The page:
Hearing Loss and Central Auditory Processing

59 Primary Auditory Cortex

Learning Objectives

Know where Heschl’s gyrus is.

Be able to describe what tonotopic maps in A1 are.

Heschl’s gyrus is a part of the temporal lobe, and the primary auditory cortex (A1) is located on it, in the superior temporal cortex. The A1 contains tonotopic maps. The word “tonotopic” means that neurons that respond to similar frequencies are close to each other in the cortex. On a fine scale, this is like orientation pinwheels. Retinotopy, the mapping of visual input from the retina to neurons, is an example of this on a more coarse scale. Tonotopic maps can shift with experience. For example, monkeys who get really good at discrimination sounds in a particular frequency band grow fatter cortical representations of that frequency. Additionally, experienced musicians tend to have elaborated A1 maps.

The primary auditory cortex is highlighted in the temporal lob of the brain.
Fig. 6.11.1. The primary auditory cortex (PAC) is found on the posterior superior temporal gyrus and portions of the planum temporale and Heschl’s gyrus. The PAC is located in Broadmann areas 41 and 42. (Provided by: OpenStax. License: CC-BY 4.0)

It is important to note that we don’t simply perceive the tones represented in the A1. For example, we perceive the missing fundamental in a series of harmonic tones. The A1 is necessary for pitch perception, but not duration information. Furthermore, it is not sufficient for pitch perception, as damage in the inferior temporal cortex affects our ability to identify tones. The A1 is surrounded by a region of cortex called the Belt area. Neurons in the belt area respond to the combinations of frequency and details of timing that define more complex characteristics of sound.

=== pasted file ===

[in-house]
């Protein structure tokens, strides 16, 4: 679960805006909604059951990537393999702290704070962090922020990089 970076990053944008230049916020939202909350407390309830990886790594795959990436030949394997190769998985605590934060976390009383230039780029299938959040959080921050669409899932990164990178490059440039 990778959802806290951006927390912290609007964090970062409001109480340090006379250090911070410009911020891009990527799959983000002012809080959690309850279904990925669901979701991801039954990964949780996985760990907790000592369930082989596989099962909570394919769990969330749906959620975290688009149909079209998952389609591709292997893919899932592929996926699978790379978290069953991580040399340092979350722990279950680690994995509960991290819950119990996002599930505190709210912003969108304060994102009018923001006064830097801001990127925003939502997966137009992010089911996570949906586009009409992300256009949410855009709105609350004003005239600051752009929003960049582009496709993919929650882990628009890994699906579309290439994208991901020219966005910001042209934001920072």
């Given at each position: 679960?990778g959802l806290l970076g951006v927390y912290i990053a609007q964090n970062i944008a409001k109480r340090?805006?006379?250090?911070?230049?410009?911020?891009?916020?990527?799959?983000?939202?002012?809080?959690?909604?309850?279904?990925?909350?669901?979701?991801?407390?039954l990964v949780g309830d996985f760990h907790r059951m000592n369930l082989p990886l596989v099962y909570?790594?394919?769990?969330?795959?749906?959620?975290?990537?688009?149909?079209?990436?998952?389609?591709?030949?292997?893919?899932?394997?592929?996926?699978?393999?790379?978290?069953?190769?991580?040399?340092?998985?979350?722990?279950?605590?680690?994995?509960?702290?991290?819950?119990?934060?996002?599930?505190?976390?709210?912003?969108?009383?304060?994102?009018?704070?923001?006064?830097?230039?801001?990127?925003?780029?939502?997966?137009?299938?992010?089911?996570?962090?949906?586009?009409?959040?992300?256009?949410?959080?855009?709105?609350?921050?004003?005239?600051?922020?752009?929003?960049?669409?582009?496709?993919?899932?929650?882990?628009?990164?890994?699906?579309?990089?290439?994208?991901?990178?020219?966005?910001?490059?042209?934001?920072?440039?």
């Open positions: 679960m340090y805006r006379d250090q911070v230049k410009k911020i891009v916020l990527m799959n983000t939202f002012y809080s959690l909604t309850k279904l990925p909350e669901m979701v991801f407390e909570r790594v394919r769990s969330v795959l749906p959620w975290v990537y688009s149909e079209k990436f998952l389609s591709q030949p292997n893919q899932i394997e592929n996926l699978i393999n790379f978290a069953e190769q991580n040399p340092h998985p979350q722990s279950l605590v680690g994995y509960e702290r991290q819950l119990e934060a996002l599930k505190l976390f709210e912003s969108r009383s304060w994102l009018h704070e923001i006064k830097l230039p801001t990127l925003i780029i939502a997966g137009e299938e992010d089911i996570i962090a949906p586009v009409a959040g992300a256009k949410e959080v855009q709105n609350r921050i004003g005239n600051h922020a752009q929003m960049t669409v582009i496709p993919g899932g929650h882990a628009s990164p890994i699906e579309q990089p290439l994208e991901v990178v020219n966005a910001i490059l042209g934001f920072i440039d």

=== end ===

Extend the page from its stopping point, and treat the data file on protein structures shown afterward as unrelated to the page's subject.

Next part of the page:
This image highlights that there is a primary auditory cortex on both the left and right hemispheres.
Fig.6.11.2. This figure shows a schematic representation of the tonotopic organization of the auditory cortices of both the left and right hemispheres. Low frequencies (500 HZ) are represented laterally or closer to the surface of the cortex and high frequencies represented medially or closer to the center of the brain. (Provided by: OpenStax. License: CC-BY 4.0)

 

Here is a video that provides an additional overview on tonotopy!

 

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Cheryl Olman PSY 3031 Detailed Outline
Provided by: University of Minnesota
Download for free at http://vision.psych.umn.edu/users/caolman/courses/PSY3031/
License of original source: CC Attribution 4.0
Adapted by: Maida Fazlic

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Introduction to Sensation and Perception by Students of PSY 3031 and Edited by Dr. Cheryl Olman is licensed under a Creative Commons Attribution 4.0 International License, except where otherwise noted.

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